There are ways to have peaceful trips. For example, young children might ride in the cart and keep the grocery list. They might check items off as they are found. They become proud helpers. A creative friend blows up a produce bag for her child and invites the child to play with it as they wend the aisles. A parent can also make a child a food guardian: “Would you hold on to the sweet potatoes?” Children can be invited to name the colors of the produce. The possibilities for keeping children happy and engaged are limitless—if we plan ahead and tune in to their needs.

Somewhat older children might help parents find needed items. Nancy invites our young grandchildren to be “store troopers” and help her find items on her list (and protect her from Darth Vader). It keeps them busy, active, and happy. We can even invite their input on selected decisions: “What vegetable would you like us to buy for dinner?” “Is there a new fruit you would like to try?” The proactive parent might set limits on decisions that could go off the rails, like which breakfast cereal to buy: “I’m looking for a healthy cereal to buy. Do you think we should get Cheerios or Shredded Wheat?”

When the child begs for Fruit Loops, we have an opportunity to use what we have learned about compassion. “I know you love those. You wish we could have them this week. Maybe we will buy some for our next holiday.” They will whine. You can repeat your statement with great earnestness. There is no need to become indignant and accusatory. We can show that we are absolutely determined to honor the limit—while being perfectly pleasant.

This underscores a vital truth of parenting: We do not require children’s assent to act wisely. They may insist that death is imminent and only Fruit Loops will save them. We can say, “Wow, you really wish you could have Fruit Loops!” Wise parents are not any more afraid to have their children upset with them than God is that we are occasionally upset with Him. We can act in their best interest even when they wish we would cave to their immediate wishes.

  1. Stay Tuned

Even God watches for compliance: “And the Gods watched those things which they had ordered until they obeyed” (Abraham 4:18). God might have issued a command and gone about other business. He did not. He gives directions and watches to see that all is done correctly.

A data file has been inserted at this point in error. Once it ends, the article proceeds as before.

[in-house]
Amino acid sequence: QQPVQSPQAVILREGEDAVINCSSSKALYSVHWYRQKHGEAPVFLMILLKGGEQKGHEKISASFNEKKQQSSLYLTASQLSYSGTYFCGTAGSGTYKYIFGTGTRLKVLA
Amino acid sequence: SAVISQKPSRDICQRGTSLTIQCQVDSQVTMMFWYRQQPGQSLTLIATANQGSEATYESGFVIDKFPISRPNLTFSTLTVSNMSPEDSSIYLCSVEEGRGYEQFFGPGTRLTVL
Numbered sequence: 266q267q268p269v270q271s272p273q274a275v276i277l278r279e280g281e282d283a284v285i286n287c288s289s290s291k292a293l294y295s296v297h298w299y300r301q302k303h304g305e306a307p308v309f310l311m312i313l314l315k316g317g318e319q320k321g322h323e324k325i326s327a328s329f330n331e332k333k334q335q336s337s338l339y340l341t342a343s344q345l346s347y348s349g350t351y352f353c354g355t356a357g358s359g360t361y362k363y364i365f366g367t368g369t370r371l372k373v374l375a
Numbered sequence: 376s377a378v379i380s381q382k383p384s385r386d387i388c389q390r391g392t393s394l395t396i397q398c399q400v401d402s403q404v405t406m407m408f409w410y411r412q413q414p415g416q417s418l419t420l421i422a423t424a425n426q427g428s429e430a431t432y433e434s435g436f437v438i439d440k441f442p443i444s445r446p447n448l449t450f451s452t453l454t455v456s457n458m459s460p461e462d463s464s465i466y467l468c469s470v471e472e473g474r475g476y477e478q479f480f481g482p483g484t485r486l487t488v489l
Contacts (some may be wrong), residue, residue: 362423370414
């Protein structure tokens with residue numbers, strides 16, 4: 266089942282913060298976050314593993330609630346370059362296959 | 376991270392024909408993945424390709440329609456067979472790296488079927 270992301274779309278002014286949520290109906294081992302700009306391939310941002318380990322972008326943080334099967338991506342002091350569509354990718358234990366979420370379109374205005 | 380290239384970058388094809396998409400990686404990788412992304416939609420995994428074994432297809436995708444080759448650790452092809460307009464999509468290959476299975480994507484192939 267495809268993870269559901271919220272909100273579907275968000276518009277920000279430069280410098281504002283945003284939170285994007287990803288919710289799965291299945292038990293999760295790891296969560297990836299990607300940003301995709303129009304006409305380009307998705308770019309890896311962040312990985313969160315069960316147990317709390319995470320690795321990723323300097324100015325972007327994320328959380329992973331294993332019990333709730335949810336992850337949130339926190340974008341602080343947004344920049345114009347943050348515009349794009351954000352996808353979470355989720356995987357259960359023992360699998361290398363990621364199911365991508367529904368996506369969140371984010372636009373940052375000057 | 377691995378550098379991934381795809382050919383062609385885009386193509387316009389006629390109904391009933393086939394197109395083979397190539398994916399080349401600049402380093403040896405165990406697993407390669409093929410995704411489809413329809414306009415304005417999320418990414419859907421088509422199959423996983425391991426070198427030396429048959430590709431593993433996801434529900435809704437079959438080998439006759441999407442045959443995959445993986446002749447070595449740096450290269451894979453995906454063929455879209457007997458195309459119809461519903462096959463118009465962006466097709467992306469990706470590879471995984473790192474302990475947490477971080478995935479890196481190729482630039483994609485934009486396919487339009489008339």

In our frantic family lives, we often give directions to children and then rush to the next crisis. Often, children realize we are distracted, so they ignore our directives. When we do not stay tuned to make sure our directives are taken seriously, children learn that laws have meaning only on those rare occasions when parents happen to notice their noncompliance. Children learn we are not serious about the rules we make.

Inadvertently, we sometimes teach children that blessings come without effort, crops grow without work, and rules are made to be ignored. They do not learn the law of the harvest. “Be not deceived; God is not mocked: for whatsoever a man soweth, that shall he also reap” (Galatians 6:7)

In my experience, the consistency that matters most in parenting is the consistency between our words and actions. When we give directives we need to make sure they are taken seriously. Wise parents may decide to have fewer rules so they can enforce them more consistently. They know that casualness about law is bad for the soul.

Much of this article is focused on preventing problems with children. In the next article, we will describe three kinds of control used with children and suggest ways to control effectively.

Reflection and Application

Do you tend to be stronger at showing love or setting limits? How will you help your children to experience a balance of both? You may draw on your spouse’s strengths or draw other people into your children’s lives or try to develop more of the balancing strength yourself.

Have you established clear limits that you are willing to enforce? Try to think through limits in areas of conflict. Be sure the limits honor children’s preferences and adult wisdom. Be prepared to enforce the limits that make sense.


I encourage you to discuss the ideas in this article with your spouse and friends. It is often in earnest discussions that God reveals new truths to us. Blessings to you—and your children.

If you would like to own the book from which this article is taken, you can order Bringing Up Our Children in Light and Truth from Deseret Book. You might also enjoy The Soft-Spoken Parent which teaches 50 things parents can do that are more effective than getting angry with children.